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  • white off-dry
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  • $32.99

  • Organic
  • Low Sulfur

Schaefer, Willi 2022 Mosel Graacher Domprobst Riesling Kabinett (AP03)

As per the distributor's website: In the village of Graach, with south-to-southwest exposition, the vines have great sun exposure all day as well as natural spring that runs through the hillside, guaranteeing good water supply even in warm vintages. The Romans already knew the benefits of Graach’s sites and cultivated vines here. In the Prussian classification of the Mosel vineyards from 1816 to 1832, Graach’s vineyards had the highest ratings. Compared to the wines just slightly northwest in Zeltingen, the wines from Graach show cooler green and white tones rather Wehlen and Zeltingen’s more orange and red flavors. These wines perfectly reflect this unique terroir and show the distinct differences between these two sites right next to each other. Domprobst is more mineral, smokier, shadowy, and takes longer to emerge while Himmelreich is buoyant, more floral, lighter in texture, and is open from day one. The '22 is pure, cool and flinty on the deep, dark and discreet, more aristocratic nose compared to the Himmelreich. It is utterly complex and with bright shimmers in the darkness of the Domprobst due to the flavors of juicy Sicilian lemons. Highly refined and saline, beautifully balanced and weightless as well as seamless with a savory finish.

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  • white off-dry
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  • $52.99

Schaefer, Willi 2022 Mosel Graacher Himmelreich Riesling Kabinett

As per the distributor's website: In the village of Graach, with south-to-southwest exposition, the vines have great sun exposure all day as well as natural spring that runs through the hillside, guaranteeing good water supply even in warm vintages. The Romans already knew the benefits of Graach’s sites and cultivated vines here. In the Prussian classification of the Mosel vineyards from 1816 to 1832, Graach’s vineyards had the highest ratings. Compared to the wines just slightly northwest in Zeltingen, the wines from Graach show cooler green and white tones rather Wehlen and Zeltingen’s more orange and red flavors. These wines perfectly reflect this unique terroir and show the distinct differences between these two sites right next to each other. Domprobst is more mineral, smokier, shadowy, and takes longer to emerge while Himmelreich is buoyant, more floral, lighter in texture, and is open from day one. The 2022 shows a coolish, flinty character with ripe, well-concentrated fruit and dark slate notes. On the palate, this is a round and charming, mouth-filling and fruity but finessed and balanced. This is a very elegant and alluring style, but it will be even more so after some years of bottle age. The finish is delicate, fresh and frisky, saline and citric but not at all aggressive.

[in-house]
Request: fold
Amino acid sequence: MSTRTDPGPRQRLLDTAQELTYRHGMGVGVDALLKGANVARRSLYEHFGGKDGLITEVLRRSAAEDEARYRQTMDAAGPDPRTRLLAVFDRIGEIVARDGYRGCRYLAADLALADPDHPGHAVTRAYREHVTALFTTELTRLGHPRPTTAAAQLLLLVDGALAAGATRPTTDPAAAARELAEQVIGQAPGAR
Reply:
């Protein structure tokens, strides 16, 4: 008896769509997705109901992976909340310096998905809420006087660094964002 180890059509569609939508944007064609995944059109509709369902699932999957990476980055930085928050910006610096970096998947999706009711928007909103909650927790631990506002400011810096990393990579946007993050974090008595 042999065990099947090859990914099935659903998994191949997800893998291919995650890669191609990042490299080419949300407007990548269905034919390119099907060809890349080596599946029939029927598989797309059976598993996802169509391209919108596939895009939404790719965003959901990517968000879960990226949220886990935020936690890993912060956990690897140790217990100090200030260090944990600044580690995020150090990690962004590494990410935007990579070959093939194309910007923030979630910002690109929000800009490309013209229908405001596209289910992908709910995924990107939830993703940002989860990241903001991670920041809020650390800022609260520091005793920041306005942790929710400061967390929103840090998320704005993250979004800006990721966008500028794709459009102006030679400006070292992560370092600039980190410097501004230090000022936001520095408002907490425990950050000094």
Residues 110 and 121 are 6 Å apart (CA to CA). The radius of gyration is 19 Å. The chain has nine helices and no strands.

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  • white off-dry
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Immich-Batterieberg 2020 Mosel Zollturm Riesling

Winemaker Genot Kollman added another grand cru vineyard site in 2014, the dizzyingly steep Zoltrum (Toll Tower) in neighboring Traben.  Historically, the Tower was the defacto toll booth for river traffic as it was high enough to see approaching boats in both directions giving the tollkeepers enough time to run down the hill and collect the toll!The Trabener Zollturm is sourced from the old-vines portion of a hectare recently acquired from a Kröv vintner in a once highly rated site just upstream from Gaispfad and Ellergrub.

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Stein 2022 Mosel Himmelreich Riesling Kabinett Feinherb Alte Reben

Perhaps the purest Mosel of them all in Ulli's range; it always ends up as a  Feinherb, and is sourced from 80+ year old ungrafted vines in terraced vineyards on mostly blue and some grey slate. Compared to it's "sister" vineyard in Graach, Ulli's Himmelreich is slimmer with pronounced minerality and citrus lift. Just beyond dry with only 15 grams RS, this is a restrained and chiseled, old-school Feinherb. A sheer delight! Giselle Hamburg

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  • white off-dry
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  • $36.99

  • Organic
  • Low Sulfur

Stein, Ulli 2022 Mosel Riesling Weihwasser Feinherb

Ulli knocks it out of the park again with this breathtakingly ethereal "Feinherb". Weihwasser means Holywater and Holy Moly is right; almost imperceptibly off dry clocking in at 11.5%, it wafts slightly saline lemonade, white flowers and pear on the nose. Flavors of wet rocks and honeydew underscored by herbaceous spearmint dance above the lithe body with a long, elegant finish. Dangerously gulpable so buy two for your next picnic! Giselle Hamburg

  • Out of Stock
  • white off-dry
  • 0 in stock
  • $22.99

  • Organic
  • Low Sulfur